In the Pacific Northwest, Garry oak savannas were a vital cultural ecosystem producing vast quantities of acorns as a staple crop, a rich tapestry managed by first peoples through controlled burns and a deep understanding of long-term forest health. The violent process of colonization, land theft, and cultural genocide that followed—as well as a century of fire suppression by colonizers—destroyed many of these oak savannas.
We know that tree crops—whether the starchy carbohydrates that chestnuts and acorns produce, the high protein, high fat nuts like hazelnuts and walnuts, the sugar from maples, or the many forms of fruit that we all know and love—are highly productive for humans but also good for a changing climate. They improve water infiltration in soil, reduce water runoff, create healthy soil ecosystems, provide habitat, absorb atmospheric carbon, and create cool microclimates through their shady canopies and evapotranspiration. We also know that well-tended trees can live for hundreds of years.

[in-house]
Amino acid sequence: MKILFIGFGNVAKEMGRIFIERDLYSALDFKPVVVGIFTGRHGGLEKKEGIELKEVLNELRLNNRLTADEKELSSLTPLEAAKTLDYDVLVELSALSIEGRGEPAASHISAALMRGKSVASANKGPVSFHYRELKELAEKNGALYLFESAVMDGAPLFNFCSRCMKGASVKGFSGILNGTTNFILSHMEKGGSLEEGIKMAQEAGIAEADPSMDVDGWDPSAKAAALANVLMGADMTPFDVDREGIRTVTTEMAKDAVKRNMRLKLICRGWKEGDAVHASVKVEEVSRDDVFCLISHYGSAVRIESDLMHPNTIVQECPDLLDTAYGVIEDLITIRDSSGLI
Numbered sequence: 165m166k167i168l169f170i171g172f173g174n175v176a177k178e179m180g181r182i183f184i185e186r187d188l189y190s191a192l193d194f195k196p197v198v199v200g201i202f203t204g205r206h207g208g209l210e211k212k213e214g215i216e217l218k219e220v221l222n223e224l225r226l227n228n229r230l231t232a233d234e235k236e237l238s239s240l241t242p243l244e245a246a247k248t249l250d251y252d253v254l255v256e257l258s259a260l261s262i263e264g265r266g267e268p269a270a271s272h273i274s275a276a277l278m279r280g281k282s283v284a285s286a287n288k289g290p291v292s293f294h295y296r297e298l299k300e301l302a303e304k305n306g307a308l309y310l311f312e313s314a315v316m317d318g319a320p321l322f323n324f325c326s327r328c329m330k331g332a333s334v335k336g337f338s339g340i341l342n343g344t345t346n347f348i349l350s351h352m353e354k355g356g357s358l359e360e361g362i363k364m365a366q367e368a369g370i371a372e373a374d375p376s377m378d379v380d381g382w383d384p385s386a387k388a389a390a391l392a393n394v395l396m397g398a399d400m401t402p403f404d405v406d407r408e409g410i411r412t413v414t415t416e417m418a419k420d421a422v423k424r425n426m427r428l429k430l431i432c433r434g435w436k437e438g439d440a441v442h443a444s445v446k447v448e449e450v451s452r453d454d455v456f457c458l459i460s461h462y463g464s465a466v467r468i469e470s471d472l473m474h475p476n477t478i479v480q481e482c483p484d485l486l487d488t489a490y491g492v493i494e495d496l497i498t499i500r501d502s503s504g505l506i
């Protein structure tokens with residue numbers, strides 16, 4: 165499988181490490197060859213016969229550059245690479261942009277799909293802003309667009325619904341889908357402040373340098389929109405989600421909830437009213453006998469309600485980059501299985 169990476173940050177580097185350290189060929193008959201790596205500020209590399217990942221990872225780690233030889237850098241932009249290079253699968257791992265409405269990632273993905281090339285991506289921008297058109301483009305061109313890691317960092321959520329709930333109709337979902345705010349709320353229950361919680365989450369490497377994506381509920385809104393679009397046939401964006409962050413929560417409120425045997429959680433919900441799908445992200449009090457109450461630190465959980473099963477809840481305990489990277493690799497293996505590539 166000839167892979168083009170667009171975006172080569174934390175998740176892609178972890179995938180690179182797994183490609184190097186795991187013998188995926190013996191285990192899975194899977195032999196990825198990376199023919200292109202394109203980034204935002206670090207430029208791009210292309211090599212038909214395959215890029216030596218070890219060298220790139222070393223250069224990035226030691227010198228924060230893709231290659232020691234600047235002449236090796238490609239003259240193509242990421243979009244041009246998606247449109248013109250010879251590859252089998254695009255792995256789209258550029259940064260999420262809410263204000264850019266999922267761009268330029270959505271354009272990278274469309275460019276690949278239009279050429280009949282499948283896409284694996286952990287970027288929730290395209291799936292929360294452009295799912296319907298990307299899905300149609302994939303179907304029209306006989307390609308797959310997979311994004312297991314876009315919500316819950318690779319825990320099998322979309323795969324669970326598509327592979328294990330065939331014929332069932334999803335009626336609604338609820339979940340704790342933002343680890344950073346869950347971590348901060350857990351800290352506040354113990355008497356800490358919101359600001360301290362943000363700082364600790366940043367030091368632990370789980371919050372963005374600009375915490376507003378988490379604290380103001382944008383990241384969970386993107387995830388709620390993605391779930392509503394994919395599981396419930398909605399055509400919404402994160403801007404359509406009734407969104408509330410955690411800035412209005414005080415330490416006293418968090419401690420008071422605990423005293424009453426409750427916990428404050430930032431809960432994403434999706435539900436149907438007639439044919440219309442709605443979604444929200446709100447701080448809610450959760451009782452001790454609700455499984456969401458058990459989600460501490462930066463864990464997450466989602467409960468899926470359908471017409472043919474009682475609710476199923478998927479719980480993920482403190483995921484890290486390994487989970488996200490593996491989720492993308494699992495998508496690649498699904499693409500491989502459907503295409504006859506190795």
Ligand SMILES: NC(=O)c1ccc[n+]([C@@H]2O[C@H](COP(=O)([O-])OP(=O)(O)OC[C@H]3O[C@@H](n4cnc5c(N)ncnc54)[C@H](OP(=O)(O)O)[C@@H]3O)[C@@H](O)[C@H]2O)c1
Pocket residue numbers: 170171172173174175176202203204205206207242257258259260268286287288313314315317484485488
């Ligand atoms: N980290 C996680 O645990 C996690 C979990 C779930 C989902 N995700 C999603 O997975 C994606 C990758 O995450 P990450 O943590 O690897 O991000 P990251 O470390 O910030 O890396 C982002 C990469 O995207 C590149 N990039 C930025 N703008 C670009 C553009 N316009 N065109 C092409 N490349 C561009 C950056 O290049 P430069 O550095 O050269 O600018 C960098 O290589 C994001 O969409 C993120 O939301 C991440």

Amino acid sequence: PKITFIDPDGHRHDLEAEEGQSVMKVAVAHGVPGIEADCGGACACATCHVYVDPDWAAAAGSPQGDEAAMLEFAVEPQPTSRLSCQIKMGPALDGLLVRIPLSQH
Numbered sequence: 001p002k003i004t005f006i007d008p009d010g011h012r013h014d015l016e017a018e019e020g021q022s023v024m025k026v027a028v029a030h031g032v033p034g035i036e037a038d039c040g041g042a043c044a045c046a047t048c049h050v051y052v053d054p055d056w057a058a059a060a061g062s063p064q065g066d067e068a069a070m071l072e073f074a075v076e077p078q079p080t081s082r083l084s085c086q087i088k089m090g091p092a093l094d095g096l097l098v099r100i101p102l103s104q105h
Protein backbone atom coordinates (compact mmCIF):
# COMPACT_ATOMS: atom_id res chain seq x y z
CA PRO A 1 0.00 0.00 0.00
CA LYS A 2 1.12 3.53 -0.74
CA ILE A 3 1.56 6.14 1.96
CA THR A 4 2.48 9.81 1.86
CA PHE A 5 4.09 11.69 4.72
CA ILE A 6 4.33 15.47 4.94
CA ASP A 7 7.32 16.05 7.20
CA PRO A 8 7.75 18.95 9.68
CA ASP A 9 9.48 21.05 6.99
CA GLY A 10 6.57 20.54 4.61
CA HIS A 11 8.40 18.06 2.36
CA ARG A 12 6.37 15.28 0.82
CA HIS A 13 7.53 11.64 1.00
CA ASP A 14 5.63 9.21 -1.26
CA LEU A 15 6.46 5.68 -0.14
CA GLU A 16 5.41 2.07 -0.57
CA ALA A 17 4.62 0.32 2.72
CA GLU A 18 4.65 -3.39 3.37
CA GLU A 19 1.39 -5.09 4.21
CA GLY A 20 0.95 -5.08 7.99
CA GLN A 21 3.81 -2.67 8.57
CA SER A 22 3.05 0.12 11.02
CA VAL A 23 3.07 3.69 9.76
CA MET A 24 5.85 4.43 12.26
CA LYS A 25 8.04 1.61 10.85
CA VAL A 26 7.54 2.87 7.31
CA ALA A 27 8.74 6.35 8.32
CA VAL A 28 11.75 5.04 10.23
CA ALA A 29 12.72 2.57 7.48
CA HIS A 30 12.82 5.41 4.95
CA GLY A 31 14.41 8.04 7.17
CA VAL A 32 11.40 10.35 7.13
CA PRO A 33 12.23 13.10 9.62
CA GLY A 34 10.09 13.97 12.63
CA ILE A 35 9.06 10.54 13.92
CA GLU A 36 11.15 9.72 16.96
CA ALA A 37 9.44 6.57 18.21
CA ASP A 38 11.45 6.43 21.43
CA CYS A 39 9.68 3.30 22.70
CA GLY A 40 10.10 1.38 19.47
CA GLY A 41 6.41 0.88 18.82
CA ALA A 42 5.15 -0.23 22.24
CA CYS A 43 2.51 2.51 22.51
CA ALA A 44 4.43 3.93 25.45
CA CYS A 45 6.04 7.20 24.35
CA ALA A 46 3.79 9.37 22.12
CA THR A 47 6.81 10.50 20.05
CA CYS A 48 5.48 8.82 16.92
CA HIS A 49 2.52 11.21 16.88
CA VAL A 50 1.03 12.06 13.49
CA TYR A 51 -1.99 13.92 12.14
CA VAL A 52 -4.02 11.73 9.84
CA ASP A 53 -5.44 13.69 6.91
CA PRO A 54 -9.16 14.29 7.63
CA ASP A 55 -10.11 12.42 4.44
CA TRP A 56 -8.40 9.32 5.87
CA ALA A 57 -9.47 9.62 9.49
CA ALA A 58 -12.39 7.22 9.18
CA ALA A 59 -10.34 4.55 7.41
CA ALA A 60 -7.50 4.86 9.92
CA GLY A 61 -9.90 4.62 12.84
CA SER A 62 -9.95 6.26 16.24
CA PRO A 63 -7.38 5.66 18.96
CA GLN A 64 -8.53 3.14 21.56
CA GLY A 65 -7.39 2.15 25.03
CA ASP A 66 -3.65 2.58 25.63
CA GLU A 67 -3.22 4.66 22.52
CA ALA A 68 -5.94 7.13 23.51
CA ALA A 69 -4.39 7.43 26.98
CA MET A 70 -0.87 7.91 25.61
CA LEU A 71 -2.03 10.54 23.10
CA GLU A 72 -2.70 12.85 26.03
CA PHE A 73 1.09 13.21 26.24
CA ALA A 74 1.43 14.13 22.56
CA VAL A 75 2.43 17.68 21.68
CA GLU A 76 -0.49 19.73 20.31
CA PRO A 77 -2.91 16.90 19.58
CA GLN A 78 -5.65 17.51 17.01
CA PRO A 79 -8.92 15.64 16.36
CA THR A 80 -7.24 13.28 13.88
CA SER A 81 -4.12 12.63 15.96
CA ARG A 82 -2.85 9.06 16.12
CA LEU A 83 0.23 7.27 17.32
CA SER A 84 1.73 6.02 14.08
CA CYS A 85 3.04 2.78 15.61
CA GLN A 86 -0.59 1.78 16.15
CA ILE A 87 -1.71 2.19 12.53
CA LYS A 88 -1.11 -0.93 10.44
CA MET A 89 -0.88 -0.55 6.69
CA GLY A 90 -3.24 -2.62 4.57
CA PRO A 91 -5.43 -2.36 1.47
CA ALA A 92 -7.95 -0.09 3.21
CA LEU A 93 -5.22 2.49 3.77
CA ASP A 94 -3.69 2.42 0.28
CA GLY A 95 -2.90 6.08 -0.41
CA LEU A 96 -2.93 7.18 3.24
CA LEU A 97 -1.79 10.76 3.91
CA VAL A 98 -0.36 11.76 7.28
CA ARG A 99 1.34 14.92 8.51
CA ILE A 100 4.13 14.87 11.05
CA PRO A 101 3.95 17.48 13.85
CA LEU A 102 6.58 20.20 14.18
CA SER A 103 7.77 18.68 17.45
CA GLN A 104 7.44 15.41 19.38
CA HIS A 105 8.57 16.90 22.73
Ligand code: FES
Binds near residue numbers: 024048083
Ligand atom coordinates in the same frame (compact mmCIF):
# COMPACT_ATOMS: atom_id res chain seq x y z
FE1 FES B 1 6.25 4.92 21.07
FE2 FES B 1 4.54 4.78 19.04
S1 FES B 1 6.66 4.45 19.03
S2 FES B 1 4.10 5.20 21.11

Armed with this information, three years ago a few of us got together and started to brainstorm a small-scale free tree distribution project. Our vision was to spark conversation about climate resilience and food systems. Through purchases, generous seed donations, and local harvesting of seeds and plant stock, and especially thanks to the generosity of a local farm and the volunteer labor of many people, we installed nursery beds and planted out all of our seed in the spring of 2020. Just a few days later, the first Covid lockdown was implemented.